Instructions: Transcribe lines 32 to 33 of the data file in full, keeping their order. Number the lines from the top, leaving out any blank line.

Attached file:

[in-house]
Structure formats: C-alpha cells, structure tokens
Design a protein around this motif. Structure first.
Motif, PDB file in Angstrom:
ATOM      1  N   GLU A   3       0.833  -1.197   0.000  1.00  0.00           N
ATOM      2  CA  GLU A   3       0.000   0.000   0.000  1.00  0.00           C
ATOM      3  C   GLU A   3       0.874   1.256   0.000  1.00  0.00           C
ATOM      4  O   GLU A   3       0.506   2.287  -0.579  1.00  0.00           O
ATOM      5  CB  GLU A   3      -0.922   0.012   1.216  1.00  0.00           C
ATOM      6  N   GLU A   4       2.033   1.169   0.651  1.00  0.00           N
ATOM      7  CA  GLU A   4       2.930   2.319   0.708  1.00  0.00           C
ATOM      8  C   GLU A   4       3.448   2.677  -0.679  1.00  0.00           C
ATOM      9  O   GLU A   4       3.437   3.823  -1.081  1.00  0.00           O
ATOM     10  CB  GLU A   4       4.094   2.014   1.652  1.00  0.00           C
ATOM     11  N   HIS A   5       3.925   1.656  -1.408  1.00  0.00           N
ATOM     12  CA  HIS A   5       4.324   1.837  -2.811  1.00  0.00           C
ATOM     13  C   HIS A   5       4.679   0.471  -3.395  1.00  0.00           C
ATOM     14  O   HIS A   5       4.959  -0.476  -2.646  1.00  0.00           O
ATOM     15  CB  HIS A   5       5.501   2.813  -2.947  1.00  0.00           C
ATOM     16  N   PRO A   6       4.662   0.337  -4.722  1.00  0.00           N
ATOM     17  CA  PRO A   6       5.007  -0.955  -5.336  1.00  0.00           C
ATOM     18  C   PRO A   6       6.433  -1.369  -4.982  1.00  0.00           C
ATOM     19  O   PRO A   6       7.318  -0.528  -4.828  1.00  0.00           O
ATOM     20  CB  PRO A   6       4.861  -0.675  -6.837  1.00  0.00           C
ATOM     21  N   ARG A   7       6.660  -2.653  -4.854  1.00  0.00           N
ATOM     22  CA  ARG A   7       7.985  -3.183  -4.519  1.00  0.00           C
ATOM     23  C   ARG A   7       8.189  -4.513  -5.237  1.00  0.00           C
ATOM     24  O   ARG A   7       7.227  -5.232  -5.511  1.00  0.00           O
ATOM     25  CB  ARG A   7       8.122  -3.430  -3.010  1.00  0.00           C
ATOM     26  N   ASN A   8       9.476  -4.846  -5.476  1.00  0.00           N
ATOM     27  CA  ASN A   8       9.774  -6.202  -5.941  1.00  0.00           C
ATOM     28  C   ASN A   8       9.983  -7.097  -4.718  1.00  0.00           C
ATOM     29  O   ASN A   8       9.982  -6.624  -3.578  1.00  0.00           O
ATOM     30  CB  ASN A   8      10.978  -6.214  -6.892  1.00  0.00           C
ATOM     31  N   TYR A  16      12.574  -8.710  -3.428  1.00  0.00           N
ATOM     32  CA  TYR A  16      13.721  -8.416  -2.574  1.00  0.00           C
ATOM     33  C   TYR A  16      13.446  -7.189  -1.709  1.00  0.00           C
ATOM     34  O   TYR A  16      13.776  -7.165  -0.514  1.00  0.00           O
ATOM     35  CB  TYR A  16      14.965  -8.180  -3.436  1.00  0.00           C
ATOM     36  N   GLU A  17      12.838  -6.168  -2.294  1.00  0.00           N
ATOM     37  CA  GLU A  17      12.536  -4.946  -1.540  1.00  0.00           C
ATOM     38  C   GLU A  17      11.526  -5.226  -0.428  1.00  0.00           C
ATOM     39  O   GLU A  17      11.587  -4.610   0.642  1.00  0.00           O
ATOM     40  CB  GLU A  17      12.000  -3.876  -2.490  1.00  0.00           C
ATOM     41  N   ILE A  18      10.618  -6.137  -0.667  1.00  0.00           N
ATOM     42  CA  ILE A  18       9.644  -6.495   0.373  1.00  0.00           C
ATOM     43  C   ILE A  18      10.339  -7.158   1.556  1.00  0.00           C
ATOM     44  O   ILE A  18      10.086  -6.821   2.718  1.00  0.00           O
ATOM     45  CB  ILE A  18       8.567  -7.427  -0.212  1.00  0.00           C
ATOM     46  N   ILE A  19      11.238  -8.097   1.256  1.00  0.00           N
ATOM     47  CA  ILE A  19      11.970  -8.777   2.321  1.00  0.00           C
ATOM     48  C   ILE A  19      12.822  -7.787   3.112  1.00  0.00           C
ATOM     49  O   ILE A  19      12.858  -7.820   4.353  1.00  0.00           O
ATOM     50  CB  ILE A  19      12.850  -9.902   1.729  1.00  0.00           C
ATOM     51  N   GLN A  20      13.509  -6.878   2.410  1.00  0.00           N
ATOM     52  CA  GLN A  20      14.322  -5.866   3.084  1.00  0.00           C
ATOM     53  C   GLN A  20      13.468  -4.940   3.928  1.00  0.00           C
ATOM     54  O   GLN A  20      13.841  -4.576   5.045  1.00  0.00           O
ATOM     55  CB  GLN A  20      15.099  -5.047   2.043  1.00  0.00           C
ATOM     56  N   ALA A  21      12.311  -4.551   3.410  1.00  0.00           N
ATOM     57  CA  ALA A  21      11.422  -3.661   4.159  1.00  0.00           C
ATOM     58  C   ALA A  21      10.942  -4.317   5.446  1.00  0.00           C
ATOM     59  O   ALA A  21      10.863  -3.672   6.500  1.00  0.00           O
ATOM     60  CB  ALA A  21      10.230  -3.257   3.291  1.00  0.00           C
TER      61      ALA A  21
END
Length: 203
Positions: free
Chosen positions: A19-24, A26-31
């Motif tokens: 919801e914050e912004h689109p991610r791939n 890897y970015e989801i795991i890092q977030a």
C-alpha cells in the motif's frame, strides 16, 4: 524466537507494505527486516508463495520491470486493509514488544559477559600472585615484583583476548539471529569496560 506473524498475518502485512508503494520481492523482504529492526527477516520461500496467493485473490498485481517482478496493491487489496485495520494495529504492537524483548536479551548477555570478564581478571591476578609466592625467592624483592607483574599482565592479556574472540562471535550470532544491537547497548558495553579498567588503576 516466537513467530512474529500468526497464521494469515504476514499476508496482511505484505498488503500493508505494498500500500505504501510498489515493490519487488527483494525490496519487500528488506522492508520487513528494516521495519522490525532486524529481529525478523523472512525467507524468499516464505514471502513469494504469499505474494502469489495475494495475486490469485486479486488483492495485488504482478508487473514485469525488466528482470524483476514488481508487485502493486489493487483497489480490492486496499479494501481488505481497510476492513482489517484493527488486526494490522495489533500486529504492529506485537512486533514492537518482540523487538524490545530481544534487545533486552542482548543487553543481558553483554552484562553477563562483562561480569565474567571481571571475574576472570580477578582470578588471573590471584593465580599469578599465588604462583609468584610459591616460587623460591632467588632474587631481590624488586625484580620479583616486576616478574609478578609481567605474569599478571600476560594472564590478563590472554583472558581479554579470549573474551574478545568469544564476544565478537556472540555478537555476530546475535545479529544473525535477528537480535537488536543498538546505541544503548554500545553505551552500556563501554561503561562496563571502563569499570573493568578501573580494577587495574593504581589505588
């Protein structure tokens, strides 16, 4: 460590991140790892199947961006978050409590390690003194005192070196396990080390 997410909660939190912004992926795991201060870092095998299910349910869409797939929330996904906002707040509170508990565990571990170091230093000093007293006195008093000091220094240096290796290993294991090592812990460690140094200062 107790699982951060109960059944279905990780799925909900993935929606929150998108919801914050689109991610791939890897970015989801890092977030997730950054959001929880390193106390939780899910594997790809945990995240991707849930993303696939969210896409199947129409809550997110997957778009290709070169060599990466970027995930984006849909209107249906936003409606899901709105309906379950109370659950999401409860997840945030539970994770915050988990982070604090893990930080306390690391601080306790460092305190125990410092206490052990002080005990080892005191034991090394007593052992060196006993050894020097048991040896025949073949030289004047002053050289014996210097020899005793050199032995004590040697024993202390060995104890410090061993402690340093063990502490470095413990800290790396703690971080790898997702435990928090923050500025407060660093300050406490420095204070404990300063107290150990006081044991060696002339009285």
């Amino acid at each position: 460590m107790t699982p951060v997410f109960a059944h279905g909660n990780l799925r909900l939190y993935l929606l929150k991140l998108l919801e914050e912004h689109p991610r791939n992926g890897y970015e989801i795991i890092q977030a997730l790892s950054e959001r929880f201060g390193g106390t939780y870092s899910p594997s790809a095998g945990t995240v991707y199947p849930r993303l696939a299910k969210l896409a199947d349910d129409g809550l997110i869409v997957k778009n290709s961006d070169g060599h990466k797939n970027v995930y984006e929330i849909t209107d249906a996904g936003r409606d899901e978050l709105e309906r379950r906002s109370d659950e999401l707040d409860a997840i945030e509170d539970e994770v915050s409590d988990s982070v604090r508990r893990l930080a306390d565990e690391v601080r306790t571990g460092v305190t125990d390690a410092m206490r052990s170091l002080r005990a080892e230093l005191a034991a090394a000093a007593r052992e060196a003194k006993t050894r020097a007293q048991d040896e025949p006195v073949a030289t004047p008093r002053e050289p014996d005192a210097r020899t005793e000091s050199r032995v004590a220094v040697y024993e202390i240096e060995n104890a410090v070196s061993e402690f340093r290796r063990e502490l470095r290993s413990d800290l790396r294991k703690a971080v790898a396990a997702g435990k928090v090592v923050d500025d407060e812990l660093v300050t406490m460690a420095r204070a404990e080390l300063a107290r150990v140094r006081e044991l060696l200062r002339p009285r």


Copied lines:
ATOM     28  C   ASN A   8       9.983  -7.097  -4.718  1.00  0.00           C
ATOM     29  O   ASN A   8       9.982  -6.624  -3.578  1.00  0.00           O